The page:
devices with a communications link, the user must generally click
on icons for the simulated devices. As this may be a problem for
vision-impaired users, iNetSim also incorporates the use of tables
for connecting devices. Tables are used to alter a device’s location
in the topology area, and configure ports and links. Tables are
Copyright is held by the author/owner(s).
ASSETS’06, October 22-25, 2006, Portland, Oregon, USA.
ACM 1-59593-290-9/06/0010.
235

used because navigation can be achieved with VoiceOver shortcut
keys and cursor keys. iNetSim can be used solely with the
keyboard, therefore the eye and hand issues faced by vision-
impaired students can be avoided. As a GUI is also available,
sighted iNetSim users can alternatively use a more traditional
drag-drop mouse-based interface.
Figure 1 shows an example of the user interface in iNetSim. The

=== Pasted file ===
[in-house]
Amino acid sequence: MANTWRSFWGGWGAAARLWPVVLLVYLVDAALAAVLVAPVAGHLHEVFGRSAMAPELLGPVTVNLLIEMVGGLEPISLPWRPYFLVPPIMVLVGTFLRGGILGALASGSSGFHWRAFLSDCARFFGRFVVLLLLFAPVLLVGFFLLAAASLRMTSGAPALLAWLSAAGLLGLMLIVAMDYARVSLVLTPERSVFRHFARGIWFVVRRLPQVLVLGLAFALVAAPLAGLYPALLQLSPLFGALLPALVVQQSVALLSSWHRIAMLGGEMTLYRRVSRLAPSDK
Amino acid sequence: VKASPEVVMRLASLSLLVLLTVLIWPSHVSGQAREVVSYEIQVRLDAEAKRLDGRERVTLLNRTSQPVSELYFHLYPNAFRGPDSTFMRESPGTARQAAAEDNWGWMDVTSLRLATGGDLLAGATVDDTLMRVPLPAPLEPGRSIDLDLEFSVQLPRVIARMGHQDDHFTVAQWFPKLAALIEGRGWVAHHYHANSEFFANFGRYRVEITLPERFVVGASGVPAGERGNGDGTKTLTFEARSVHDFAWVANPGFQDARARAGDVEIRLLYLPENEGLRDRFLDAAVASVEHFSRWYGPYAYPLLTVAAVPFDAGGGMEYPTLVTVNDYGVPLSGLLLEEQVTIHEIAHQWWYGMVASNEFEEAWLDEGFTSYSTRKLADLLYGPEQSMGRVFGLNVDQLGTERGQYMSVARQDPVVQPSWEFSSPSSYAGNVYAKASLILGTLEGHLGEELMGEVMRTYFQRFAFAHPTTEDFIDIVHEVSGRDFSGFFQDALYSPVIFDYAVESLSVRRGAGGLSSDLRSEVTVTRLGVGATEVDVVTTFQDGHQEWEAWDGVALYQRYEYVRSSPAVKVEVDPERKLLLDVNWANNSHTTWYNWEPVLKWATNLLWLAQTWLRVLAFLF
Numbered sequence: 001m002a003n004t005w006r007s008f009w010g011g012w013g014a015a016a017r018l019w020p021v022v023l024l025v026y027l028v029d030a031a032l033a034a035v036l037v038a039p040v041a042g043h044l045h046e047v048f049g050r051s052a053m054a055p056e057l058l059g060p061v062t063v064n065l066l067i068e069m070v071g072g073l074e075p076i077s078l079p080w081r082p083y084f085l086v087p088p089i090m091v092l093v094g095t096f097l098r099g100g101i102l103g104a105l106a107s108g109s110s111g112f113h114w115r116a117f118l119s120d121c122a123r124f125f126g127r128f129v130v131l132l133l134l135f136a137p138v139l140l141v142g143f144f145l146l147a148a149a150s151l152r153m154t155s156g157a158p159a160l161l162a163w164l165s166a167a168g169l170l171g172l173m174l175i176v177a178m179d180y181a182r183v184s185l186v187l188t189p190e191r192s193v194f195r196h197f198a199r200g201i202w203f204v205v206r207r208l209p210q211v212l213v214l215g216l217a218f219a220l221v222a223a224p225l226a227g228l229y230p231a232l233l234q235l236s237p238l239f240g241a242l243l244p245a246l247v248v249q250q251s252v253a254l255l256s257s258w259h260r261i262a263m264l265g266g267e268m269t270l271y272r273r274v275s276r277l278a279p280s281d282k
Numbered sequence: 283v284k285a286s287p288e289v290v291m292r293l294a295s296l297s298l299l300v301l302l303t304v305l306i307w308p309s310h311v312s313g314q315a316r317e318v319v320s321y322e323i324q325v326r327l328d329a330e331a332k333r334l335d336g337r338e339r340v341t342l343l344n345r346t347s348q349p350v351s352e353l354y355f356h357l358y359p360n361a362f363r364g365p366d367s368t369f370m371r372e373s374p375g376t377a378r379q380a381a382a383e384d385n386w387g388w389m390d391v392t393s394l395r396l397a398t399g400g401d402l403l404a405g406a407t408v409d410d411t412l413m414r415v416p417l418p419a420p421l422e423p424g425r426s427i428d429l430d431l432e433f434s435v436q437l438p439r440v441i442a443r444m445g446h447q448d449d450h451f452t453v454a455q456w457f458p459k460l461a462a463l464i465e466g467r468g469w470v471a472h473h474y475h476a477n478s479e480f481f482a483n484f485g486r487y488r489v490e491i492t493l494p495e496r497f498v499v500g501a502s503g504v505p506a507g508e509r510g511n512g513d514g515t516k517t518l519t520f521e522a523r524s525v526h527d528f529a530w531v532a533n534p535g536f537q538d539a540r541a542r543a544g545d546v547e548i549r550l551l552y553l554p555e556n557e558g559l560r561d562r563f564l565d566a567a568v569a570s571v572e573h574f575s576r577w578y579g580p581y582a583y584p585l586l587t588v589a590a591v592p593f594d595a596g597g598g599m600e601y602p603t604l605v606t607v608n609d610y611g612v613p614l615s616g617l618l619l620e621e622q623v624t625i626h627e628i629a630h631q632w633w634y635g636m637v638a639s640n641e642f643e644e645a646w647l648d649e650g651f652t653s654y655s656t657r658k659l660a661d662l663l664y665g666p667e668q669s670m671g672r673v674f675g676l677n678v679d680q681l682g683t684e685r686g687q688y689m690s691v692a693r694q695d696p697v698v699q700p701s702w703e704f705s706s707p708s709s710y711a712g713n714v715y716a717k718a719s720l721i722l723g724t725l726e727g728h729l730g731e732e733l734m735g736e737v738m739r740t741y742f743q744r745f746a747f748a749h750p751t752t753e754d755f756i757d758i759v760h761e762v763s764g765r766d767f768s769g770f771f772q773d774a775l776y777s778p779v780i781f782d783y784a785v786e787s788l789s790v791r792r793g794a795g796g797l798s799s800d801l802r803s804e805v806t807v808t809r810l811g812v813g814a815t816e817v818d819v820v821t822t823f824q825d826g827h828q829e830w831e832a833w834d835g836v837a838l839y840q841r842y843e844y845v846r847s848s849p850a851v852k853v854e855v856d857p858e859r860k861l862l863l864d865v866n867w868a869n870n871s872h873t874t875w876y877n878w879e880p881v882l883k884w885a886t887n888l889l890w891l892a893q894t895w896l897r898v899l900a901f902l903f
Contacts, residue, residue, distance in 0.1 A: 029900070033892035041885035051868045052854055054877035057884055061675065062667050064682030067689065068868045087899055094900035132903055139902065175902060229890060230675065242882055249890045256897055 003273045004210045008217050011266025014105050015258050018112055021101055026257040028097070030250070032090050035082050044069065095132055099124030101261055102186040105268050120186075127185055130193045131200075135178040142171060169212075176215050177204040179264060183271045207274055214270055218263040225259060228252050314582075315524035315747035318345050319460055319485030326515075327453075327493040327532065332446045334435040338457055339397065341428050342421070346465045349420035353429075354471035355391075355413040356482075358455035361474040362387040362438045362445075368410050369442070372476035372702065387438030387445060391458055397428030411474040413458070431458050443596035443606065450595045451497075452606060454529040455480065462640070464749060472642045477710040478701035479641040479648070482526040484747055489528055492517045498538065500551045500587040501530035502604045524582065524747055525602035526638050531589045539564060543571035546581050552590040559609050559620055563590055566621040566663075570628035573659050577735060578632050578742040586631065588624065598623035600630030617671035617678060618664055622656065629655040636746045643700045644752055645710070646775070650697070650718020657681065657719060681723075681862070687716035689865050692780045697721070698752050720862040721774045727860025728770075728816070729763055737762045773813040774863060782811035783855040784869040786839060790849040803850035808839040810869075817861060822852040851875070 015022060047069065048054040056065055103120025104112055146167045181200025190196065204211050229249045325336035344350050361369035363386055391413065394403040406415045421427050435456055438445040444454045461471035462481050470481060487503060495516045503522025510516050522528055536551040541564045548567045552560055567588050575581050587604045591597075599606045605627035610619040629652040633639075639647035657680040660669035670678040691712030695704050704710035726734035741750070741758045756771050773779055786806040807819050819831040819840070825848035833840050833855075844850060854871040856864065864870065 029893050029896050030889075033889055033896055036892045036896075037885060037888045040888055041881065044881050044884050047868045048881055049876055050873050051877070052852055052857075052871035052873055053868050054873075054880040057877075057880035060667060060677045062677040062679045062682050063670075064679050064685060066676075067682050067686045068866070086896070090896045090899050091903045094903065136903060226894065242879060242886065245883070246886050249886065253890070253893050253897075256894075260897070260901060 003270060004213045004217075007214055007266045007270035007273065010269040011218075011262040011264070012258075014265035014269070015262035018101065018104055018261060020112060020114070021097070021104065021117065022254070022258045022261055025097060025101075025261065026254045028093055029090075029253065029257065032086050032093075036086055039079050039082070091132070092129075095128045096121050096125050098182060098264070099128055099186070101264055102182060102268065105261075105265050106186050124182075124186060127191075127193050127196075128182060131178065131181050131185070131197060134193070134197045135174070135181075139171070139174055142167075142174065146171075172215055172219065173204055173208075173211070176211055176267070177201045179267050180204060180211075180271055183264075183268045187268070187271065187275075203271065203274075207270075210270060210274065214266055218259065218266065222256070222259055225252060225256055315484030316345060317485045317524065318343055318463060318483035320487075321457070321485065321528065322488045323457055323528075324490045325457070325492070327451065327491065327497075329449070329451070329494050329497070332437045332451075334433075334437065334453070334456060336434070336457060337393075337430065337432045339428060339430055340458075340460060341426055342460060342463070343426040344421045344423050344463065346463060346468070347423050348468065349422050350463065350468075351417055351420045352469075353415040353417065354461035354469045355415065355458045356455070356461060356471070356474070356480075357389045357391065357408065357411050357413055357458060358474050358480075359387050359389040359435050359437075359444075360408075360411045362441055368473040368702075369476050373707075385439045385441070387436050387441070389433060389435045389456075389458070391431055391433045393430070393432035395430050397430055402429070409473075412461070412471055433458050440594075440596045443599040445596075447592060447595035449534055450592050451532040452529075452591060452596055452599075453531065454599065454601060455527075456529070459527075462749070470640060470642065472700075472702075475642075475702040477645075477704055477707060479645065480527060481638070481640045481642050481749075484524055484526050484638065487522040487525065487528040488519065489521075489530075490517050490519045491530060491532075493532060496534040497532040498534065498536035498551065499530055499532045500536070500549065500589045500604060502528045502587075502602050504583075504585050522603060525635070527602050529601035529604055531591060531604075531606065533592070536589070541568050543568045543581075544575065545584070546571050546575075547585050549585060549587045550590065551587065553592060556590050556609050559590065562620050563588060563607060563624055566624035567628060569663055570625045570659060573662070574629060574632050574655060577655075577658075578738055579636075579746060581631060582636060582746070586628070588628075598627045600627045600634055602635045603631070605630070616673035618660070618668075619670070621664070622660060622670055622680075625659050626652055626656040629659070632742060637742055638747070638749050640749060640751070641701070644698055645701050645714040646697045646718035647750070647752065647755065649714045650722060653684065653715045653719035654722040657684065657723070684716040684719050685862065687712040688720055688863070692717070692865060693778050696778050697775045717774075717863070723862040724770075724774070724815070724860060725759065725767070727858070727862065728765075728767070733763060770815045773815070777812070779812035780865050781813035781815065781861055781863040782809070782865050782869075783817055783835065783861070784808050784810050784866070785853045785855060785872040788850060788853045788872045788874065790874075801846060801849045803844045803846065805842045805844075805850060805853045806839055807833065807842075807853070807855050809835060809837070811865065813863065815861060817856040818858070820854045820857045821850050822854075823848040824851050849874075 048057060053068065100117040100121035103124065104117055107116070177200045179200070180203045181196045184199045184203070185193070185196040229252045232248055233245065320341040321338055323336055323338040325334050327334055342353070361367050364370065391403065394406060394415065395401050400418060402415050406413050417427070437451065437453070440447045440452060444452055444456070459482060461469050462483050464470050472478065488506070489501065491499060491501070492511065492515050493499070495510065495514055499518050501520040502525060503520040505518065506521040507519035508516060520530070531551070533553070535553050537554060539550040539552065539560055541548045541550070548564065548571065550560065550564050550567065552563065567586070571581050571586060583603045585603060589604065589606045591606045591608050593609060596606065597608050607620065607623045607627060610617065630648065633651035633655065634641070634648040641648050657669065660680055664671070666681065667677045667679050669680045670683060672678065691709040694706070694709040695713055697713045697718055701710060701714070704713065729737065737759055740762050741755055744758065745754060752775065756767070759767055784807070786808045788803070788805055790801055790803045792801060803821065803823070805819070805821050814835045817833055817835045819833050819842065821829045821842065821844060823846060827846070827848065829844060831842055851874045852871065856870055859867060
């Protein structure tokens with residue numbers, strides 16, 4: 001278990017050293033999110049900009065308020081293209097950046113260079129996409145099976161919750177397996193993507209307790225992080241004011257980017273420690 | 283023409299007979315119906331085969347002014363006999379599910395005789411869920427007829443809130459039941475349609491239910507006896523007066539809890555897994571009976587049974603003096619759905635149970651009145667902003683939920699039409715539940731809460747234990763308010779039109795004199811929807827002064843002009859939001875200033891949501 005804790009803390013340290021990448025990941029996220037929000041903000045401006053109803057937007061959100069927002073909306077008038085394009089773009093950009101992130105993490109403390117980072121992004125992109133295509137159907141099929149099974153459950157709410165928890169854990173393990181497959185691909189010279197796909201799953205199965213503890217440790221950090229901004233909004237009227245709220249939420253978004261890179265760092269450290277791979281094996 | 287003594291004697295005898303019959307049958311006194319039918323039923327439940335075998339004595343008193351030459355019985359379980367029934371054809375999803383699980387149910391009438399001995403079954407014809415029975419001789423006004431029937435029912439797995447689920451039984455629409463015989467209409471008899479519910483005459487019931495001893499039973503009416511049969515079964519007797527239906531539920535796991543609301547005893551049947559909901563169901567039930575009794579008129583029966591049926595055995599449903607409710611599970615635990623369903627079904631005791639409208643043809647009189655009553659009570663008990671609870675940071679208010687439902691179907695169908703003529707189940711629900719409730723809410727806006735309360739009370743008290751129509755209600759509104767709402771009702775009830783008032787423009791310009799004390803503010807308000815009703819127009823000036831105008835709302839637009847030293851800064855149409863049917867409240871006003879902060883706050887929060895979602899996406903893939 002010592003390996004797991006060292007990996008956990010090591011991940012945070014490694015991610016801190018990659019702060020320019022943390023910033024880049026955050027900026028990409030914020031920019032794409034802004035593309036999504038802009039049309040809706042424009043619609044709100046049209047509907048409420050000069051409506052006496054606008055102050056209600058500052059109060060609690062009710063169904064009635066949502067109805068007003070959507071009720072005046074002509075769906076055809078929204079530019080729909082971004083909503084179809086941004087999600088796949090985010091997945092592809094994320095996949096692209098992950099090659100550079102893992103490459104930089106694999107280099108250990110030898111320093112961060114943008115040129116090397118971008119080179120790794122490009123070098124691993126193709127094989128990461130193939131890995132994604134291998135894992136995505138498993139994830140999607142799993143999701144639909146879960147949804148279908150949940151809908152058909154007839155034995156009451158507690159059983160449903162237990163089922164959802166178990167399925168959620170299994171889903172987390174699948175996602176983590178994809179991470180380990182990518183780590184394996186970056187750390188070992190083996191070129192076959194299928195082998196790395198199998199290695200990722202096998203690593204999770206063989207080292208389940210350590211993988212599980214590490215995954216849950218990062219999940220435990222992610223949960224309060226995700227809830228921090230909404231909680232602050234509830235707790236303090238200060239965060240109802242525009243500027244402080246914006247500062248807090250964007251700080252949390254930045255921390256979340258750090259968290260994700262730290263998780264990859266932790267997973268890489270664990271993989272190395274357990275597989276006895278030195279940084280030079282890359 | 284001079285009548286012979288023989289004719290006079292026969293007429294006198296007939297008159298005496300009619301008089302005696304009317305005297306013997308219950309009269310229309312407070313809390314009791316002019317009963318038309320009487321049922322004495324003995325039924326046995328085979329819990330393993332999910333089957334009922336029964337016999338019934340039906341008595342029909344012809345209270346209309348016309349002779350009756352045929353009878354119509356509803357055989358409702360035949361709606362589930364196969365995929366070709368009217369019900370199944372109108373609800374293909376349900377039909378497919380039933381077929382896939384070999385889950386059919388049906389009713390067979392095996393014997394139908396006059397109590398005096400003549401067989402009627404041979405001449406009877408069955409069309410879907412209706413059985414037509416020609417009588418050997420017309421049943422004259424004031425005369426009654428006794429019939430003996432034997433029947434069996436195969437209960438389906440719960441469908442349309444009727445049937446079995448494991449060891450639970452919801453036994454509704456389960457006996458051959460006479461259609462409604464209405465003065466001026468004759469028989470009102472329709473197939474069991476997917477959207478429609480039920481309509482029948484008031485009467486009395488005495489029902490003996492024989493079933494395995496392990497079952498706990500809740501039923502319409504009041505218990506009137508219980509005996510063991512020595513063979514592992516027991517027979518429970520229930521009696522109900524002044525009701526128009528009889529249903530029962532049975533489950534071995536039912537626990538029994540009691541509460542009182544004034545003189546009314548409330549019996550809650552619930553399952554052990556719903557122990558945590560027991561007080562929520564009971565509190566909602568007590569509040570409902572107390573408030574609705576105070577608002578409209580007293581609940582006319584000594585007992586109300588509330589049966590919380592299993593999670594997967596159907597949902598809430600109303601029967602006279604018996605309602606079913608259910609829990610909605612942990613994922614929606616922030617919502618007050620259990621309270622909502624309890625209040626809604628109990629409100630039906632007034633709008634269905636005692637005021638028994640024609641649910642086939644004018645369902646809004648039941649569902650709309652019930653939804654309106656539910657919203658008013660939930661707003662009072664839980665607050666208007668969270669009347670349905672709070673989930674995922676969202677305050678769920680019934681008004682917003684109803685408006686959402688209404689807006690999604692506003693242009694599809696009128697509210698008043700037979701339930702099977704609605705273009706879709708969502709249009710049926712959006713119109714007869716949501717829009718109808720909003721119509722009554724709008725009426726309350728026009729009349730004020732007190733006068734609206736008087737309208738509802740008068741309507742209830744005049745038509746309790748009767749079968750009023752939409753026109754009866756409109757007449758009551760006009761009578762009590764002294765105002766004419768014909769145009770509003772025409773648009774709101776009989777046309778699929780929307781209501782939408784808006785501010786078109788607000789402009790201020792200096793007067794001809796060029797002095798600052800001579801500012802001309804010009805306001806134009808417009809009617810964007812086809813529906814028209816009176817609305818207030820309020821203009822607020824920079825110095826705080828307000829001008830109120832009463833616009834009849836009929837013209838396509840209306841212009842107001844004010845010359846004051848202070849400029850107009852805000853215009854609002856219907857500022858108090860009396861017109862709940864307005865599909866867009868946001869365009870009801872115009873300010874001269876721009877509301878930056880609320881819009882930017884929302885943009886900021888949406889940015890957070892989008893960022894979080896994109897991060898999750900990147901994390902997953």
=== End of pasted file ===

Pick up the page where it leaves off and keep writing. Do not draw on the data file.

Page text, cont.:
text in the floating window in the figure shows the text read by
VoiceOver.
Figure 1: The user interface showing interaction with
VoiceOver
4.1 VERIFICATION
A totally blind user took part in a beta test of iNetSim. The user
successful completed the two CCNA 2 laboratories in the test,
even though he was unfamiliar with the material in those
modules. During a post-test interview, the subject indicated that
he was impressed with iNetSim’s ease of use.
Tools capable of discovering accessibility problems are available
for use by application designers. However, usability issues for
specific disabled users are still difficult to assess because
available tools fail to consider usability criteria to particular
vision-impaired people [6][7]. Each tool has a varying level of